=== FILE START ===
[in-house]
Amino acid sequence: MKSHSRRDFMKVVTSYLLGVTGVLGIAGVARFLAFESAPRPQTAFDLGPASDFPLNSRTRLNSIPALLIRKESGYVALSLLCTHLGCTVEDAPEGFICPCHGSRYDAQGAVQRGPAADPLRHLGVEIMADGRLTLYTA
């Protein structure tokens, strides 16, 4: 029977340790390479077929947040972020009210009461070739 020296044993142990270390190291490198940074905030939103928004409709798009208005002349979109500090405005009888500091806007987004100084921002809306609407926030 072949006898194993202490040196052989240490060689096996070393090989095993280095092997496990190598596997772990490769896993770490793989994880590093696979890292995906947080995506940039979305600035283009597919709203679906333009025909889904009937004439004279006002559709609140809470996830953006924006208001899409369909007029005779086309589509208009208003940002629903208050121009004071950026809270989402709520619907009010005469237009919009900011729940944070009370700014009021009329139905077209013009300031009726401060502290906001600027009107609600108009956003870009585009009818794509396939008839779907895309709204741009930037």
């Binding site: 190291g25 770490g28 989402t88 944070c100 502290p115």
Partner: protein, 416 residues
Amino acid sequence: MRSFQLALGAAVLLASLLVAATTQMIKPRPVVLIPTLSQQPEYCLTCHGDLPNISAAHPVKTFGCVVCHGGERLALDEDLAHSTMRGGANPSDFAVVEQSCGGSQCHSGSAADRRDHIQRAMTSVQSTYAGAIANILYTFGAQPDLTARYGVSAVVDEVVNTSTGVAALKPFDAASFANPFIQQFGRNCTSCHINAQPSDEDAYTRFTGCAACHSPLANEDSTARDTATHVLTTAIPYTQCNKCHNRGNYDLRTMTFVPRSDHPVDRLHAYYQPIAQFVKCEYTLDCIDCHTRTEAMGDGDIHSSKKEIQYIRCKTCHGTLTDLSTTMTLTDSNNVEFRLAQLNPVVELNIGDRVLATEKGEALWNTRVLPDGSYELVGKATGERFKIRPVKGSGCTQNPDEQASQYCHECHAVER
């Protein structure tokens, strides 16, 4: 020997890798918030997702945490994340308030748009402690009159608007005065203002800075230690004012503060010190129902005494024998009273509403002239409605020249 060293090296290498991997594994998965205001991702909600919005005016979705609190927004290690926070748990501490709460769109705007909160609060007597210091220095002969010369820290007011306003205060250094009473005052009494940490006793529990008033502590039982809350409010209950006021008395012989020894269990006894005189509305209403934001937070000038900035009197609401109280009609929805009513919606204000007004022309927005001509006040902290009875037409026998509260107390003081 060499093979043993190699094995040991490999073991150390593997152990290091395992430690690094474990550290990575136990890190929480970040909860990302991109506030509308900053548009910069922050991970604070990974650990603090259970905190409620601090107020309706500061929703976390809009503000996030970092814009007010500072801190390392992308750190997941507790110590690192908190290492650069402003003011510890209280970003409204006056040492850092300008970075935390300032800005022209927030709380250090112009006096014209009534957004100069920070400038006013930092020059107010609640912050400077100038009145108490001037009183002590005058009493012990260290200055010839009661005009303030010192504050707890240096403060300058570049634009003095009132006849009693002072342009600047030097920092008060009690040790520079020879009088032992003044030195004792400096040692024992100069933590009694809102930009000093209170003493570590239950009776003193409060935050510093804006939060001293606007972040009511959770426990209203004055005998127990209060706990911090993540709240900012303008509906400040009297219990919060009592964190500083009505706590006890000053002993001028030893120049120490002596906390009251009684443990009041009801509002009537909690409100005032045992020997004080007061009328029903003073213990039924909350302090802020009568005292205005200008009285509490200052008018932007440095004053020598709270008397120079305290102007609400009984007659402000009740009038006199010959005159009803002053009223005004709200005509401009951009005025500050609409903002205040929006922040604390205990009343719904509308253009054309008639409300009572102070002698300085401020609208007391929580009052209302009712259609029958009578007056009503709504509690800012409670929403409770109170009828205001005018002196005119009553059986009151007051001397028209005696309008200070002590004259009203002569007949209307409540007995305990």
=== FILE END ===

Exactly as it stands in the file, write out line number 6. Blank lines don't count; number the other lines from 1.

Amino acid sequence: MRSFQLALGAAVLLASLLVAATTQMIKPRPVVLIPTLSQQPEYCLTCHGDLPNISAAHPVKTFGCVVCHGGERLALDEDLAHSTMRGGANPSDFAVVEQSCGGSQCHSGSAADRRDHIQRAMTSVQSTYAGAIANILYTFGAQPDLTARYGVSAVVDEVVNTSTGVAALKPFDAASFANPFIQQFGRNCTSCHINAQPSDEDAYTRFTGCAACHSPLANEDSTARDTATHVLTTAIPYTQCNKCHNRGNYDLRTMTFVPRSDHPVDRLHAYYQPIAQFVKCEYTLDCIDCHTRTEAMGDGDIHSSKKEIQYIRCKTCHGTLTDLSTTMTLTDSNNVEFRLAQLNPVVELNIGDRVLATEKGEALWNTRVLPDGSYELVGKATGERFKIRPVKGSGCTQNPDEQASQYCHECHAVER